Every year, the #15 Claremont Greenshirts take the regional title, sometimes uncontested and sometimes after solidly defeating Occidental WAC. Claremont graduated ten seniors from last spring, which made plenty of room for new freshman to come and rebuild the team. With the return of six essential juniors this spring, including captain Sharon “Taffy” Huynh, we will be watching this team at Stanford Open to see how they perform against top teams from other regions.
Players to Watch
Tulsa Douglas (St. Olaf) – Last season’s North Central Player of the Year, Tulsa Douglas obviously has a lot to bring to her team. Brought up in the fertile program of Amherst Regional High School, winning titles with BUDA YCC, and playing for Boston Siege last summer, Douglas knows how to compete at a high level. This was evident as she threw the second most assists at Nationals last year as a sophomore. But her greatest asset is her commitment — her commitment to improve her game, to build up her teammates, and to play disciplined, tireless ultimate. A humble individual, Douglas is not interested in talking about her strengths, but in helping others identify theirs. Off the field, she has taken on a leadership role in promoting women in sports through two social media campaigns: 99 Days of Ultimate Women and 28 Days of Food, Frisbee, and Feminism.
Allison Bashford (UNC Asheville) – The reason behind UNC-Asheville’s recent rise to D-III prominence, making this year’s Top 25, has a lot to do with sophomore captain Allison Bashford. With four years of YCC experience and fresh off a summer playing mixed club with Cahoots, Bashford’s individual value to her team is as high as anyone’s. This sticky-fingered young’un takes on a hybrid role, opening up opportunities for her teammates as a handler and also using her formidable speed to make huge plays as a cutter. Opponents have voiced pity for whoever has to mark her when she handles, fearing the worst for the poor soul’s ankles.
Josie Gillett (Bates) – Another young captain showing up big for Division III, Josie Gillett hails from the formidable Seattle youth scene. Gillett played YCCs, was coached by some of the games’ top players, and took silver with the U20 US National Team in Poland last year. Before her summer exploits, she spent her freshman spring racking up the highest number of assists at the D-III College Championships with 39(!). Gillett’s incredible reservoir of ultimate knowledge at such a young age will be invaluable to Bates’ success this year; her arrival at the school galvanized the team from a non-factor to an instant championship contender.
Emilie Willingham (Truman State) – Willingham has been a leader for Truman State TSUnami for several years now, both for her on-field play and her keen spirit. With vicious break throws and tenacious defense, she has developed into a dominant all-around player, having gained valuable experience as a member of Chicago Nemesis. With TSUnami, she knows her teammates’ strengths and utilizes the exact throw in her arsenal to hit each player in stride. Beyond that, she is well-liked and respected by teammates and opponents alike, serving as a true ambassador for the division and the sport.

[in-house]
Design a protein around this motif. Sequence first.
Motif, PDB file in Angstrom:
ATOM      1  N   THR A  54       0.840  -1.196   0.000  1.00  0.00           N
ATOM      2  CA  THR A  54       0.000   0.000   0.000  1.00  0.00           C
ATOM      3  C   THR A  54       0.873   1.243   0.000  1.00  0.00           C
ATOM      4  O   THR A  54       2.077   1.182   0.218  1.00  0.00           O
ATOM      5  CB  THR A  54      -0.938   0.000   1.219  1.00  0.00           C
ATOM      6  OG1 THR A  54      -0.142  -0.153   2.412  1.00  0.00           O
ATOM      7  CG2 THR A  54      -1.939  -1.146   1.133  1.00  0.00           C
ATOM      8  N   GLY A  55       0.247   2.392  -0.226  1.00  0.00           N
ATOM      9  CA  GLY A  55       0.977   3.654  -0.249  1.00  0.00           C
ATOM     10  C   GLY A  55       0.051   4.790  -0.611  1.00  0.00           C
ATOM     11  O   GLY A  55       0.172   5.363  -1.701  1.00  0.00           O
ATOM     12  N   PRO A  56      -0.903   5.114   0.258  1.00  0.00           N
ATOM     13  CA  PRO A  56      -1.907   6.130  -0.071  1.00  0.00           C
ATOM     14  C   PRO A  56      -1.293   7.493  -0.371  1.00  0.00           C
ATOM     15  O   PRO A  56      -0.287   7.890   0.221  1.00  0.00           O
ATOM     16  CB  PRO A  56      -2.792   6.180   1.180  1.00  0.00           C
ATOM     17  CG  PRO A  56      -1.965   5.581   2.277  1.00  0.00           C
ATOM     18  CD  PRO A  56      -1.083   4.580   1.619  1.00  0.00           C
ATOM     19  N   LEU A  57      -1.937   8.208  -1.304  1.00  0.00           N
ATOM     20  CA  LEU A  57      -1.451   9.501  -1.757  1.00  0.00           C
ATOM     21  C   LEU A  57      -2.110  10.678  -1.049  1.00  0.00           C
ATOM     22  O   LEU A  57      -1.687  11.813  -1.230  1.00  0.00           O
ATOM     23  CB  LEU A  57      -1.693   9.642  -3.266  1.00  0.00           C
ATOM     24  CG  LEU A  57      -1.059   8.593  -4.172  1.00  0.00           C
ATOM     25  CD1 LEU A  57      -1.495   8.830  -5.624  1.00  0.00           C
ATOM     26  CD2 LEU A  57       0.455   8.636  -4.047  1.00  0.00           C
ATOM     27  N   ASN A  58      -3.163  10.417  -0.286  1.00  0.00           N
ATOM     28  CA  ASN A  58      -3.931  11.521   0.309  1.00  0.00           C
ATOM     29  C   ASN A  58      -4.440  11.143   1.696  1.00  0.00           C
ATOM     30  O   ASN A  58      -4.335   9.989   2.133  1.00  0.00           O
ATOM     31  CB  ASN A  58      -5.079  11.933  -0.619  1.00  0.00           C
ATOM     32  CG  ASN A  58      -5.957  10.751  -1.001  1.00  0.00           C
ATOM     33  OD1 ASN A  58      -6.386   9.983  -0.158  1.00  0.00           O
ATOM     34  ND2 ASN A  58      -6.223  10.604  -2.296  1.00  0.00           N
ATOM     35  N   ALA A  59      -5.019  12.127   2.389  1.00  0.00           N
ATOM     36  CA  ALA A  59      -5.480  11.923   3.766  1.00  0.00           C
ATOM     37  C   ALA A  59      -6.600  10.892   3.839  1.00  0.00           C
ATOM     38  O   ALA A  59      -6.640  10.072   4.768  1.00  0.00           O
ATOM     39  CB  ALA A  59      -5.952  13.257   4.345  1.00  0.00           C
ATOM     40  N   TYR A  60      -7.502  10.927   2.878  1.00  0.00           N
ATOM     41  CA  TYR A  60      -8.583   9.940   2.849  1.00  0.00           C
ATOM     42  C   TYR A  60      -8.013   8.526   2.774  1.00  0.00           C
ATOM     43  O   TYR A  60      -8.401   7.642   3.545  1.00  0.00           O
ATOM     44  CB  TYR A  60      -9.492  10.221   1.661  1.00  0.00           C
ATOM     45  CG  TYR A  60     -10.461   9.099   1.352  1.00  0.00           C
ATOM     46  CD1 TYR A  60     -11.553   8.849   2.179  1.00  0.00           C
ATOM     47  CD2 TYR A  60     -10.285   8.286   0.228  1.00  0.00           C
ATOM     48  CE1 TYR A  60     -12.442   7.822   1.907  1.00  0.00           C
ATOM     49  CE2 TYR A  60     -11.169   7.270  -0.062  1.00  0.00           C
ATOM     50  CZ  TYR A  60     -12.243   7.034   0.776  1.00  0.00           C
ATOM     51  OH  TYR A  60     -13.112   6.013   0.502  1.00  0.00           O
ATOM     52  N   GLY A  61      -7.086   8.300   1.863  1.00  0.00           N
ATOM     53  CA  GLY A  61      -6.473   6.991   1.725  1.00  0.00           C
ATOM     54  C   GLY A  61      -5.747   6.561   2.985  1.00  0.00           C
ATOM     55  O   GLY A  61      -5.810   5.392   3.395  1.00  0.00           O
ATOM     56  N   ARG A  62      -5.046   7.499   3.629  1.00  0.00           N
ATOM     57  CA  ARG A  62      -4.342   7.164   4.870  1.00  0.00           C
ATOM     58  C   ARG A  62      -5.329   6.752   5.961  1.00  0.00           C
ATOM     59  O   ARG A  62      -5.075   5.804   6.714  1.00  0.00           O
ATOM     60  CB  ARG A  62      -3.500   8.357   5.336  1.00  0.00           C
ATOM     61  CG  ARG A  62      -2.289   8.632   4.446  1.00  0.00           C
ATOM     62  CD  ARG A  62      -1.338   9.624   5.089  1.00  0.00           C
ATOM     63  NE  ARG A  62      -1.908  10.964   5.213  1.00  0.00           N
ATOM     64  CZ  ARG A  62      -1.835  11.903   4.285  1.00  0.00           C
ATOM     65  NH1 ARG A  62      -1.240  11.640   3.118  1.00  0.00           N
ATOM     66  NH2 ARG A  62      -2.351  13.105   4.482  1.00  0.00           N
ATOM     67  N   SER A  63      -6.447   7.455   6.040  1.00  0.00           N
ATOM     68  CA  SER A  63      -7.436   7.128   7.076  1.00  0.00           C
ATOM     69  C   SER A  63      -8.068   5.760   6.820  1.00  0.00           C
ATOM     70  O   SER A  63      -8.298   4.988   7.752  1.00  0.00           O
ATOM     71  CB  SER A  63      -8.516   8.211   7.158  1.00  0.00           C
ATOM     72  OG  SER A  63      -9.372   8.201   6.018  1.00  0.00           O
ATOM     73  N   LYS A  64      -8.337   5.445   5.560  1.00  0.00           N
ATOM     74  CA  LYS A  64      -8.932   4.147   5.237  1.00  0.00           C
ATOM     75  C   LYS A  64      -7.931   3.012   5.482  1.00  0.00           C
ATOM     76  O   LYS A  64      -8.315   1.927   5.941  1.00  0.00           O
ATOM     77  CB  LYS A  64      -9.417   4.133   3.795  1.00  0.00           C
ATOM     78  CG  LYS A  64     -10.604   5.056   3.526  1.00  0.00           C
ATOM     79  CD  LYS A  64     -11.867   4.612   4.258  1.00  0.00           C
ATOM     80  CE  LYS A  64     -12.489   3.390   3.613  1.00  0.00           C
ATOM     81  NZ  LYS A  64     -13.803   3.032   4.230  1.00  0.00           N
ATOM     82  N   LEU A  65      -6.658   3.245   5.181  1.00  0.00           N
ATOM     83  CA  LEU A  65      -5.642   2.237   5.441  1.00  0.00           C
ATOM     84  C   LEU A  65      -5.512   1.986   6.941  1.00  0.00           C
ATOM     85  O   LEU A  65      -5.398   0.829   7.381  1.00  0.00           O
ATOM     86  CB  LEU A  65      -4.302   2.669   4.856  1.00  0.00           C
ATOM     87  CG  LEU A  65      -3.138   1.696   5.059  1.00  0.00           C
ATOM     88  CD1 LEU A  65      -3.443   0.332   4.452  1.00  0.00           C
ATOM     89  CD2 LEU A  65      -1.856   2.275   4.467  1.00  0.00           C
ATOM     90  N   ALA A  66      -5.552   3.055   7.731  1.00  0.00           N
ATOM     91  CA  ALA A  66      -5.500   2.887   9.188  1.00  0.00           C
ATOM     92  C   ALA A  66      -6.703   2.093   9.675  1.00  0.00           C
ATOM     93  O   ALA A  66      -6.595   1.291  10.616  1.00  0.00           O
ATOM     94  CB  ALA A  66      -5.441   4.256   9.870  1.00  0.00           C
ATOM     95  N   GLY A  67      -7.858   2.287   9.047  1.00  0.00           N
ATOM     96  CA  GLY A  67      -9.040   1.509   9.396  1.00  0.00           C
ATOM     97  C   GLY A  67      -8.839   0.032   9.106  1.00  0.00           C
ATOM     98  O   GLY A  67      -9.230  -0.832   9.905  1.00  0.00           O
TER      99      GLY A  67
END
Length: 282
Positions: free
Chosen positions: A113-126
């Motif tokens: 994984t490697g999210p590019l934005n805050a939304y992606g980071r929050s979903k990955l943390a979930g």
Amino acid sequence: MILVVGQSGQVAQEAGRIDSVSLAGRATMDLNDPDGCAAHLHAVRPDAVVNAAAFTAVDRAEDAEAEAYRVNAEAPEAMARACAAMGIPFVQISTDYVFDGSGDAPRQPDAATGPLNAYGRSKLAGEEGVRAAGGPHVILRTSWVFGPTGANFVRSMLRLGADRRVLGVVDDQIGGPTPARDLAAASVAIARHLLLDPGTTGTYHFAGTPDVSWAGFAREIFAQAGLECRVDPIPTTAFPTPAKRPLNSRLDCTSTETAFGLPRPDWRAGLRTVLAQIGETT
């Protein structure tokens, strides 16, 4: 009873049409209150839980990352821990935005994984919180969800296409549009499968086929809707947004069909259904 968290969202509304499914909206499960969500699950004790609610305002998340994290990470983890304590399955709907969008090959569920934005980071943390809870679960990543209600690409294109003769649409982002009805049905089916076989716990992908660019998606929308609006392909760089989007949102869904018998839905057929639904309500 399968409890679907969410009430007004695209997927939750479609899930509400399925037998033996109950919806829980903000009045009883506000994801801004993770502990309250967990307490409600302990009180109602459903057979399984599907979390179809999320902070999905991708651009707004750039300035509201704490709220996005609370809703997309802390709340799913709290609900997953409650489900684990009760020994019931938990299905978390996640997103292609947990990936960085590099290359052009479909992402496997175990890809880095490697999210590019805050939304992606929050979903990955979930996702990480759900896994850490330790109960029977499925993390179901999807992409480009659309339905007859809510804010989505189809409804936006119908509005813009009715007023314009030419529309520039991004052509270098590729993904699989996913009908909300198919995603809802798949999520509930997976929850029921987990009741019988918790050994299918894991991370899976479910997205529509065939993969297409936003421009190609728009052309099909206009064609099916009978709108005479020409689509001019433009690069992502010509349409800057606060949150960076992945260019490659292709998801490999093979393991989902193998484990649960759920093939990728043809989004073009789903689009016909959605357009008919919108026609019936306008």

Ellen ‘Cady’ Kallenscher (Puget Sound) – As D-III grows more and more competitive, the key to the game is club experience — that’s what Puget Sound’s captain Ellen “Cady” Kalenscher gained this summer with Portland Schwa. Cady was already an incredibly speedy cutter and a relentless defender, refusing to let her opponent get away from her. After a summer with Schwa, she became an even bigger threat to opponents, proving near impossible to stop and taking on leadership as a handler for her college team. Her flick hucks are tough to shut down — which is exactly what she does to other team’s handlers. Kalenscher’s drive to improve her game and refusal to quit are fantastic motivators for her rookie-heavy team.
Keep Your Eye On
- Mackenzie Allen (Valparaiso)
- Rachel Johnson (Luther)
- Kelsey Nanneman (Rice)
- Zoe Lewis (Haverford)
- Tessa Jones (Swarthmore)
- Molly Morgan (Mount Holyoke)
- Helen Samuel (Oberlin)
Tournaments of Note
Section is based on best current understanding and will be updated as new information becomes available.
Morgan Hill, CA
Teams to Watch: Puget Sound, Carleton Eclipse, Claremont
Teams to Watch: Truman State, Grinnell, John Brown
Bring the Huckus
West Windsor Township, NJ
Teams to Watch: Williams, Haverford, Bowdoin, Swarthmore
Teams to Watch: Truman State, St. Olaf, Carleton Eclipse, Luther, Grinnell, John Brown, College of St. Benedict
Teams to Watch: Elon, Swarthmore
Teams to Watch: Williams, Carleton Eclipse, Luther
Teams to Watch: St. Olaf, Rice
Teams to Watch: Williams, Lehigh
Teams to Watch: Portland, Puget Sound
|Atlantic Coast||Great Lakes||Metro East||New England||North Central||Northwest||Ohio Valley||South Central||Southeast||Southwest|
The team played the entire 2016 College Championships savage! ↩
Opposing teams have remarked that these reinforcements are “terrifying” given how Haverford was playing without them. ↩